The glaze on this dish is exceptionally fine. The color is a clear sky blue, while the texture of the glaze has been well controlled to produce a cloudy opalescence. Control of both temperature and duration of firing was crucial to both the color and texture of Jun glazes, and had to be finely judged by the kiln master. The dish is also set apart from many other Jun wares, by the fact that its foot and base are fully glazed and the base bears five, relatively neat, round spur marks. A number of vessels with similar fine blue glaze and spur marks on the base excavated from the kiln site at Juntai, Yuzhou, Henan province in 1974 are illustrated in Ceramic Finds from Henan, University Museum and Art Gallery, University of Hong Kong, 1977, p. 87, no. 58. Neat round spur marks can also be seen on several other Jun wares of particularly high quality preserved in museums. Two such vessels are the small blue-glazed, eight-lobed dishes included in the Illustrated Catalogue of Ru, Guan, Jun, Guangdong and Yixing Wares in the Percival David Foundation of Chinese Art, London, rev. ed., 1999, p. 35, no. A4. Three Jun ware pieces in the collection of the National Palace Museum also have spur marks on their bases. One is a shallow bowl with straight rim, which has five spurs on its glazed base, illustrated in Porcelain of the National Palace Museum - Chün Ware of the Sung Dynasty, Hong Kong, 1961, p. 72, pls. 29a and 29b. The other two are bowls with thumb-rests and small handles, which have three round spur marks on their glazed bases, ibid., pp. 70-1, pls. 27a, 27b, 28a and 28b.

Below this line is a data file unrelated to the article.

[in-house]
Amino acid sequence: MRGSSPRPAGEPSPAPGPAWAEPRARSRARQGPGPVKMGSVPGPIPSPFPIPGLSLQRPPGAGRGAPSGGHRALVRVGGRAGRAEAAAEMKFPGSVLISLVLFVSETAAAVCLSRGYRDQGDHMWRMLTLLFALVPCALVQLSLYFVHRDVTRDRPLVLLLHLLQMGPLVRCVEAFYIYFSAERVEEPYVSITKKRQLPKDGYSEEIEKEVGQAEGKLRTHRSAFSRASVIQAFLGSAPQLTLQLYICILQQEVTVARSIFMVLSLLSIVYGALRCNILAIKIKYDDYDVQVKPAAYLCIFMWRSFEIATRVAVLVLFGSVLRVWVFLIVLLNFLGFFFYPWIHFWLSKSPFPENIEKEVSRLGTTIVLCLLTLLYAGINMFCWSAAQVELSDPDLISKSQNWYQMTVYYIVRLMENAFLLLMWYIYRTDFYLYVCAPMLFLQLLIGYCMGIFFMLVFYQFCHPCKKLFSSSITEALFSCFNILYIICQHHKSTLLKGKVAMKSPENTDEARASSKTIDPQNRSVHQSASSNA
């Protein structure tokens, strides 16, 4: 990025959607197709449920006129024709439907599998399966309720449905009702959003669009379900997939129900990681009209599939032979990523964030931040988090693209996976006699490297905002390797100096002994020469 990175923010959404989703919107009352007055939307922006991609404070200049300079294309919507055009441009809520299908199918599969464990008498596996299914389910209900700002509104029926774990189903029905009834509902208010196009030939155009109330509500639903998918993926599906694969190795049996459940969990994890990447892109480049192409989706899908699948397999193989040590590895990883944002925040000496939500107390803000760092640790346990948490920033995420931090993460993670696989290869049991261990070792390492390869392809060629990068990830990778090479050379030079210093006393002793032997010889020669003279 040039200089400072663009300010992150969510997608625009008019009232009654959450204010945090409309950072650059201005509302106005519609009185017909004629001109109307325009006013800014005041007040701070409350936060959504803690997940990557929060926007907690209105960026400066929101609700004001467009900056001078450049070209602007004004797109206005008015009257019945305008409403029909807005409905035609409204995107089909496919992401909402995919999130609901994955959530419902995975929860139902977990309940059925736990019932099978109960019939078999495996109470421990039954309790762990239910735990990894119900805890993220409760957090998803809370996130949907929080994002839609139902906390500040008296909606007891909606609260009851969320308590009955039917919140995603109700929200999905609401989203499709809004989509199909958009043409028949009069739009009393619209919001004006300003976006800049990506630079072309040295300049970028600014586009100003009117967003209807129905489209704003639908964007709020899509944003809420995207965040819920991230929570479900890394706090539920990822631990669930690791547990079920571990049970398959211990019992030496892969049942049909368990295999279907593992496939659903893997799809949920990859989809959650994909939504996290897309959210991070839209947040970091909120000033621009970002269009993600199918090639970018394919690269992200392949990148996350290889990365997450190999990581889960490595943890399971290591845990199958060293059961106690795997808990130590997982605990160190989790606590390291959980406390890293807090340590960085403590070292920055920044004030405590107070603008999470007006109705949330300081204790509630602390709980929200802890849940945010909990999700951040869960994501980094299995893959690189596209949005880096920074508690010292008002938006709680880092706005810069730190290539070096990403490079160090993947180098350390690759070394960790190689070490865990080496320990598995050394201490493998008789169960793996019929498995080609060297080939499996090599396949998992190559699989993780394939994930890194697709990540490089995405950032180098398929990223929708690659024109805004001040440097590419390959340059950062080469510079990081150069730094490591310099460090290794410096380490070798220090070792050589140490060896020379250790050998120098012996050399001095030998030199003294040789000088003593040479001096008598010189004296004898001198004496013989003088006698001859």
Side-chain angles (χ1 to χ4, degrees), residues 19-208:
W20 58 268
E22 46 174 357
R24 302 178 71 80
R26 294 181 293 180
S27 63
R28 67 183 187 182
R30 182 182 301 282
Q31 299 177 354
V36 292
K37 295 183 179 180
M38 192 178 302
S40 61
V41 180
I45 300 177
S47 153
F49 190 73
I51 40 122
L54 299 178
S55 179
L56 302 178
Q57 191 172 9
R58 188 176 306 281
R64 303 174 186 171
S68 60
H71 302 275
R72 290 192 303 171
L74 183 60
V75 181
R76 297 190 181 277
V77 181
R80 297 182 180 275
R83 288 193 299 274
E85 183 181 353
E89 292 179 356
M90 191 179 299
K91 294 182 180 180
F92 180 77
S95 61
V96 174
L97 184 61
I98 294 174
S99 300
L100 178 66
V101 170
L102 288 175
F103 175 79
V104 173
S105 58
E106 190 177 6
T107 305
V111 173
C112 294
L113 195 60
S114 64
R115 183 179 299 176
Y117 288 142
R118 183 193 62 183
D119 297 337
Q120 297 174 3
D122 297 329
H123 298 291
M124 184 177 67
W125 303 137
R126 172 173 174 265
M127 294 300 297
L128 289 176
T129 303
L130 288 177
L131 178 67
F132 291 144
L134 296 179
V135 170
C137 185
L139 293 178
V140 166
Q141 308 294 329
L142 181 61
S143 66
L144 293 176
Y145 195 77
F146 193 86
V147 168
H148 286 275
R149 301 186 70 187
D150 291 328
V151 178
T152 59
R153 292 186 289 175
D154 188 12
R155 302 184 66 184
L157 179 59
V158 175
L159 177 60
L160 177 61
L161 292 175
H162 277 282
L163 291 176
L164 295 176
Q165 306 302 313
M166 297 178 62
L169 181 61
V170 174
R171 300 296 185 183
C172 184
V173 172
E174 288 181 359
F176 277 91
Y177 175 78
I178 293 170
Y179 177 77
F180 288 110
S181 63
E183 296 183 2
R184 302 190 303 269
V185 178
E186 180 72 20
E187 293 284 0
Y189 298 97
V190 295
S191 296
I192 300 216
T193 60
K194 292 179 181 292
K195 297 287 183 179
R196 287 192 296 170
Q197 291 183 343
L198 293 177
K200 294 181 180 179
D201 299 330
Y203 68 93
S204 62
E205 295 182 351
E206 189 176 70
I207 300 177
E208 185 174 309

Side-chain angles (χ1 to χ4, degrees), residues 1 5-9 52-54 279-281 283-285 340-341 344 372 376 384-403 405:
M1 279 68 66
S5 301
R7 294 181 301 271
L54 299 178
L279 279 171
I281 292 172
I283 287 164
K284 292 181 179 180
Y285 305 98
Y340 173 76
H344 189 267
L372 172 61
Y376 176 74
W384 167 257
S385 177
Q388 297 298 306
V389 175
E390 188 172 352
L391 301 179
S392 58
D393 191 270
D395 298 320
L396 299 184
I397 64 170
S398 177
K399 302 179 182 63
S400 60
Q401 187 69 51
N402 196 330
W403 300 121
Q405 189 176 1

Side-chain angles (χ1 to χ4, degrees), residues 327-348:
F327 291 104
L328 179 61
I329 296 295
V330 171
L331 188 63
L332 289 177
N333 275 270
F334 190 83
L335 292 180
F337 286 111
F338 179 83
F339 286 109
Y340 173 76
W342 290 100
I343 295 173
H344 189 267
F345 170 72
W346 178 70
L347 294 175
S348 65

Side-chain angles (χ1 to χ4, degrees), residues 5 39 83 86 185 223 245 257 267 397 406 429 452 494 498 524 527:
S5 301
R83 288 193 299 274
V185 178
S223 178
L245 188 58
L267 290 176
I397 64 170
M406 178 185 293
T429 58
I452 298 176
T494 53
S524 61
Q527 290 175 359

Two Jun dishes of similar size and shape to the Barron example, but with splashed copper decoration in the Palace Museum, Beijing are illustrated in Zhongguo taoci quanji 12 Junyao, Shanghai, 1983, nos. 11 and 16. The Percival David Foundation also has two dishes of the same shape and size as the Barron example. The most famous of these has a similar glaze color to that seen on the Barron dish, but with splashed copper decoration. See R. Scott, Imperial Taste - Chinese Ceramics from the Percival David Foundation, San Francisco, 1989, p. 39, no. 15. The other dish is of slightly paler color with extensive copper splashes as can be seen in Masterpieces of Chinese Ceramics from the Percival David Collection, Osaka, 1998, p. 51, no. 21. This dish has three spur marks on its base, but they are larger and less neat than those on the Barron dish.
The Asian Art Museum of San Francisco has a Jun ware dish of similar size and shape to the current piece, but the San Francisco dish has dark red copper splashes. See He Li, Chinese Ceramics, London, 1996, p. 152, no. 241. Like the current dish, the San Francisco dish has round spur marks on its glazed base, but while the Barron dish has five spur marks, the San Francisco dish has only three. A dish of similar size and shape to the current vessel in the Baur Collection, Geneva, see M. Tregear, Song Ceramics, London, 1982, p. 135, no. 169, has additional copper suffusions, but, like the Barron dish, has five spur marks on its glazed base.